The Point-and-click puzzle adventure arrives on the iPad 2
For a game that – graphically speaking, at least – wouldn’t look out of place on a console, or indeed any kind of PC, Machinarium represents a brilliant iPad experience. The game started out life as a point-and-click adventure for home computers, but the release of this iOS version is bound to make it part of tablet folklore.
The game itself is based around navigating and protecting one little robot, who you must help guide through a perilous environment, past guards and through labyrinth landscapes. The animation makes all this a mesmerising experience, with great detail in every scene, and some really nice flashes of humour helping to keep you playing for hours and hours.
If course, all this shouldn’t be too difficult given the puzzle-based nature of the game. You’ll be sat staring and tapping randomly at the same scene for 20 minutes on more
than one occasion as you try to work out how to move forward to the next level. The puzzles you have to solve range from basic logic involving doing things in a certain order or using objects within the level to help you, to puzzles and brain-teasers involving wires, hidden clocks and light sequences to unlock doors.
You’ll be tested in every way possible, but at no point does it get boring or frustrating. You’re compelled to keep going, even if it’s just to see how stunning the next environment looks.
The game also contains an impressive amount of humour for something that has no speaking characters, with hand-drawn, animation-filled speech bubbles, or noises from robots breaking up the action with impeccable timing to make you chuckle.
There are also a whole range of endearing characters besides the one you control; from pesky guards and villains to avoid, to helpful mouse-bots and chain-smoking cellmates. It all adds to the Machinarium experience, and with such a range and depth to the characters you interact with, the in-game world starts to seem that bit more believable.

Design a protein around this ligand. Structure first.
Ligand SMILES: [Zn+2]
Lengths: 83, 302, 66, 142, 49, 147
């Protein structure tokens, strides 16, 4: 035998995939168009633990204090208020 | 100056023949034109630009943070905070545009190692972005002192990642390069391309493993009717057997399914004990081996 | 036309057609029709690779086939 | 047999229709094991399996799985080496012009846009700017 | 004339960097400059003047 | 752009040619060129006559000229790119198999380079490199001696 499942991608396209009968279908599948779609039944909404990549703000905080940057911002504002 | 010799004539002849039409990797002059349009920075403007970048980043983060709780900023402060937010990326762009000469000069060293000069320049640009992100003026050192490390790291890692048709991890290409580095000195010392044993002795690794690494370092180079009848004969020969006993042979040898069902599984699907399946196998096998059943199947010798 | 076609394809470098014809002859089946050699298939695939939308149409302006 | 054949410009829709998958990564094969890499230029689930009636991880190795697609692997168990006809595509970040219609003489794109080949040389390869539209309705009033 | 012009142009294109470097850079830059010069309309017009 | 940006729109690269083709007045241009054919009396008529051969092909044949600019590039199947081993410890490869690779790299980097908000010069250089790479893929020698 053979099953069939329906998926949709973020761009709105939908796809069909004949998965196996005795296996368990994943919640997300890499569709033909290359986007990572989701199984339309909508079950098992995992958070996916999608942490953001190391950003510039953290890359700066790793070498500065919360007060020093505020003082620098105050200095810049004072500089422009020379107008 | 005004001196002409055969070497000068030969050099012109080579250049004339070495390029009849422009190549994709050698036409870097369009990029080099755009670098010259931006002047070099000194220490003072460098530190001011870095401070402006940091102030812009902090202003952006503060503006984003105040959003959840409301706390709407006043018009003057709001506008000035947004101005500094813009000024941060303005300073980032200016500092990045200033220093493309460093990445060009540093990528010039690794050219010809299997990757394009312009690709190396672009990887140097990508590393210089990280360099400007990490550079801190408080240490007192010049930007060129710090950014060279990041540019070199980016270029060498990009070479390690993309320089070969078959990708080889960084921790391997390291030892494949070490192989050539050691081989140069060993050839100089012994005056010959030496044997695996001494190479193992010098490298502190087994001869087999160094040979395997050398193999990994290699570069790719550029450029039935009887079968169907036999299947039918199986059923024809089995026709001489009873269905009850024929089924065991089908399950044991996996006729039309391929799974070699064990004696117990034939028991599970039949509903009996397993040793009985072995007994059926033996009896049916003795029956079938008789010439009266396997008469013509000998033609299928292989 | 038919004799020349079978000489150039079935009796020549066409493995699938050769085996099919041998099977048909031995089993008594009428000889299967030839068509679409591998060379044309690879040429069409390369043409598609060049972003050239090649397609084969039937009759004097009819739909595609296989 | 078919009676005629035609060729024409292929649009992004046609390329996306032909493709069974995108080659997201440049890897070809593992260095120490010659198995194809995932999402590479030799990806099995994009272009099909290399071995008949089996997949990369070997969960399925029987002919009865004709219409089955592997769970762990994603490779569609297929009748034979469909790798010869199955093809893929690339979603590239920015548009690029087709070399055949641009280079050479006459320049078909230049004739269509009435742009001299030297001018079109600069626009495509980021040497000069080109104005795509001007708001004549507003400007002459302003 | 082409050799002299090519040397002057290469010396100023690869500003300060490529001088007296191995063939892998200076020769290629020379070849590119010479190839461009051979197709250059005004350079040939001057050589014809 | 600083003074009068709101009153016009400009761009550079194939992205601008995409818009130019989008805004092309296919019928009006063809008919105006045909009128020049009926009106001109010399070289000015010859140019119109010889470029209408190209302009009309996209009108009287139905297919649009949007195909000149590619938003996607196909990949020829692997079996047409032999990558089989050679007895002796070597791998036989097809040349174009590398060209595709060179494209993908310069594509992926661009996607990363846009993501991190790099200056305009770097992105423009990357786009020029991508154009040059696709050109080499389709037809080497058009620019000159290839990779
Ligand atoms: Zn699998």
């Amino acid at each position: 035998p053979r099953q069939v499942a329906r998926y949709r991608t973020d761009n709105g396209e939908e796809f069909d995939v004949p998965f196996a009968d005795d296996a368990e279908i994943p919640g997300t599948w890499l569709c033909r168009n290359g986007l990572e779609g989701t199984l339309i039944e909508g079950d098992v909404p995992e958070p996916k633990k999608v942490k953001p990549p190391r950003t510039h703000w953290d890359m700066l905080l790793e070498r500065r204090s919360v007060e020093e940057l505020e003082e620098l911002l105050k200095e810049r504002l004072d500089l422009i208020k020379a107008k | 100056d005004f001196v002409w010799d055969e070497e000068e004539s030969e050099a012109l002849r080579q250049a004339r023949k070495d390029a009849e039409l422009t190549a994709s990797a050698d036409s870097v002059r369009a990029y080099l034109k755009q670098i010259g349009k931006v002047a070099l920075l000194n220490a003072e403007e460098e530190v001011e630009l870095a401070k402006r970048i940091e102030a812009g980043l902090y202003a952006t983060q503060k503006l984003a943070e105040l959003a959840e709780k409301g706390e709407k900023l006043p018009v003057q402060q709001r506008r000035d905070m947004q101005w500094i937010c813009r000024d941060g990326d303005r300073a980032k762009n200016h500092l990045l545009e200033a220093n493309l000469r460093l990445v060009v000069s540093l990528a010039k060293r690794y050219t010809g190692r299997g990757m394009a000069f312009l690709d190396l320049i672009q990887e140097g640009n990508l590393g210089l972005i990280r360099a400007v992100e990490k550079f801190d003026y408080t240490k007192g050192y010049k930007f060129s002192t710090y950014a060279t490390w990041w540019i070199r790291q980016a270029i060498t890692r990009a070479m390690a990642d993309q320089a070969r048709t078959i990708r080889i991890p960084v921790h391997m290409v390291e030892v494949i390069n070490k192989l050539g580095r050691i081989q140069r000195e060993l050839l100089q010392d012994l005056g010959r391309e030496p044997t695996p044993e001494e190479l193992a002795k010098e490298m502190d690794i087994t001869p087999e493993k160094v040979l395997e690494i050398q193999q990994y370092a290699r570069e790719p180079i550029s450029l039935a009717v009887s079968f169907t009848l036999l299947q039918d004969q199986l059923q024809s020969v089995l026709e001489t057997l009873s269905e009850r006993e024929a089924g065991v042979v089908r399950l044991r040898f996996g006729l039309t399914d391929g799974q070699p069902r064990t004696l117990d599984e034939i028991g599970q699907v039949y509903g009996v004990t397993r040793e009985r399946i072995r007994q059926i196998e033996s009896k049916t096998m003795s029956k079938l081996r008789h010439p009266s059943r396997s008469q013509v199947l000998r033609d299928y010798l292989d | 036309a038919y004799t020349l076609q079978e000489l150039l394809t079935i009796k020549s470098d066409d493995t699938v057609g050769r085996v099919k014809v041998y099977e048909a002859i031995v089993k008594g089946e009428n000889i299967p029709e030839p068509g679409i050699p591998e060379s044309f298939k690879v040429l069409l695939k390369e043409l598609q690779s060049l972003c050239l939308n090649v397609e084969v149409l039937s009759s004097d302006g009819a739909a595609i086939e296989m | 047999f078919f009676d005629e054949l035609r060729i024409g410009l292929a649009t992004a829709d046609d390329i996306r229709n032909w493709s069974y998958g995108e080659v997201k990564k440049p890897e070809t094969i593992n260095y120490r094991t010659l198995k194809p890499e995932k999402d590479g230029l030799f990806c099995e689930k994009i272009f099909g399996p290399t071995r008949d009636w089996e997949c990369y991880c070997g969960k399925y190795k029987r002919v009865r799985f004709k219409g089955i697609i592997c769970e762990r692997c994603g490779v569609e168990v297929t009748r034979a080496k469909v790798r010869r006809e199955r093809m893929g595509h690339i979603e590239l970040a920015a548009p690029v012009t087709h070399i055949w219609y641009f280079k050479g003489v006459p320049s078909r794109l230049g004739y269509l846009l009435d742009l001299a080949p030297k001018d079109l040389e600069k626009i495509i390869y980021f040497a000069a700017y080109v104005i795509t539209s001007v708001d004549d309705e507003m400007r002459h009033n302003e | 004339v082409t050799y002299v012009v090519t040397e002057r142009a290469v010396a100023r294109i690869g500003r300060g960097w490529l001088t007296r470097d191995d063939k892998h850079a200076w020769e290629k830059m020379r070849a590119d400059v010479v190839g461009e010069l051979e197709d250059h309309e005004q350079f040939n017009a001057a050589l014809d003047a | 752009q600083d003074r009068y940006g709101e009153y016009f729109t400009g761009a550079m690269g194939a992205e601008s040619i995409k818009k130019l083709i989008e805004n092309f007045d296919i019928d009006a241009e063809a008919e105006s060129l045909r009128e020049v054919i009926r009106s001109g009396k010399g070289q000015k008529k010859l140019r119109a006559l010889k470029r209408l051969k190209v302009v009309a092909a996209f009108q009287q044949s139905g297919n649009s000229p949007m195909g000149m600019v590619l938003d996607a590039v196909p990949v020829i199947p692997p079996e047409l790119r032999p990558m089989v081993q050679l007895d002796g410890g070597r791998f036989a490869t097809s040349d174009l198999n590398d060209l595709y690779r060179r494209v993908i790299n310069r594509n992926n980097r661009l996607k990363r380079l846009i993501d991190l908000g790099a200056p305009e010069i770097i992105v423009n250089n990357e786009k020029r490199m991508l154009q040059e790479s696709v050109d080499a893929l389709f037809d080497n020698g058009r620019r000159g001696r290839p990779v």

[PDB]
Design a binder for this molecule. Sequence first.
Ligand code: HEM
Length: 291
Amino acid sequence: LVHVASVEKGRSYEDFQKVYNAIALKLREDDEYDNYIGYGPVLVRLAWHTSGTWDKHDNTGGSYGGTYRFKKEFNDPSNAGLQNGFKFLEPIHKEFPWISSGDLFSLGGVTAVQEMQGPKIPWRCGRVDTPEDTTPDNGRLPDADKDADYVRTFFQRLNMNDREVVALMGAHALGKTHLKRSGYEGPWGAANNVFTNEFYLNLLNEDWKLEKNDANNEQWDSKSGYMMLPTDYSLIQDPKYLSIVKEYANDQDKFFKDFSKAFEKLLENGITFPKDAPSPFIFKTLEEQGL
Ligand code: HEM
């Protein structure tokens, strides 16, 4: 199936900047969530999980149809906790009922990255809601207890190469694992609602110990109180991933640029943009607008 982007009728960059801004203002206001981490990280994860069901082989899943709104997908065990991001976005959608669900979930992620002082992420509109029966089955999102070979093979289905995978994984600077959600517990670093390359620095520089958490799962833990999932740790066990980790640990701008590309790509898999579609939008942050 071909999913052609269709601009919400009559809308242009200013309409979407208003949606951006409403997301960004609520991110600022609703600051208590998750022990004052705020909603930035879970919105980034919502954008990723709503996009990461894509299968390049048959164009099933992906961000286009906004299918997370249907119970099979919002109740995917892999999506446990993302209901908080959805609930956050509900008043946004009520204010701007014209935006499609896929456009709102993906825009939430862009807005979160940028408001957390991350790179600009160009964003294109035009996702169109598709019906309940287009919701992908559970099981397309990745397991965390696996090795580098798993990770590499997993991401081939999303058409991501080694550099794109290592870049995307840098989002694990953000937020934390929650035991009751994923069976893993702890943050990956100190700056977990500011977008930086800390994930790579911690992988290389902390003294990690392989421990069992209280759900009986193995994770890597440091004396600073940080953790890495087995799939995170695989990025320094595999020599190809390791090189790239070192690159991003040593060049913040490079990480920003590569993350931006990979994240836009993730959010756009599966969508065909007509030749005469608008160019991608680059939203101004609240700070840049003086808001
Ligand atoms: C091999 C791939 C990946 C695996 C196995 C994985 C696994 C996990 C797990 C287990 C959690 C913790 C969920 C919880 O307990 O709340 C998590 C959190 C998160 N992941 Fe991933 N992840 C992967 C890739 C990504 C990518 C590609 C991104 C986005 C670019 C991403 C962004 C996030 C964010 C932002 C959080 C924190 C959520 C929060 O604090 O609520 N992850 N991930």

The gameplay itself is very well organised, and as such requires only a very short tutorial at the start of the game to allow you to get to grips with the controls, which involve simply tapping the screen either where you want to move, or in order to interact with something. Items you pick up are added to your inventory, which remains displayed at the bottom of the screen, and tapping and dragging them onto the correct object on the screen will see you use it in that way.
These simple controls make for decent functionality, and therefore a better gaming experience, because when you’re playing a puzzle game like Machinarium, the last thing you need is for the controls to be a mystery of their own that must be unravelled.
Whatever your gaming preferences are, there is no doubt that you’ll get great pleasure in playing Machinarium on your iPad; in fact, it feels as if you’ve somehow stolen it from a console or PC. Additionally, being able to carry a game that looks and plays as well as this around with you is not only testament to the power of iOS, but also the developers of Machinarium, who have taken a gorgeous game and made not only a decent mobile port, but also one of the best iOS games around.
Gorgeous to look at, Machinarium is a steal for anyone with an iPad 2.
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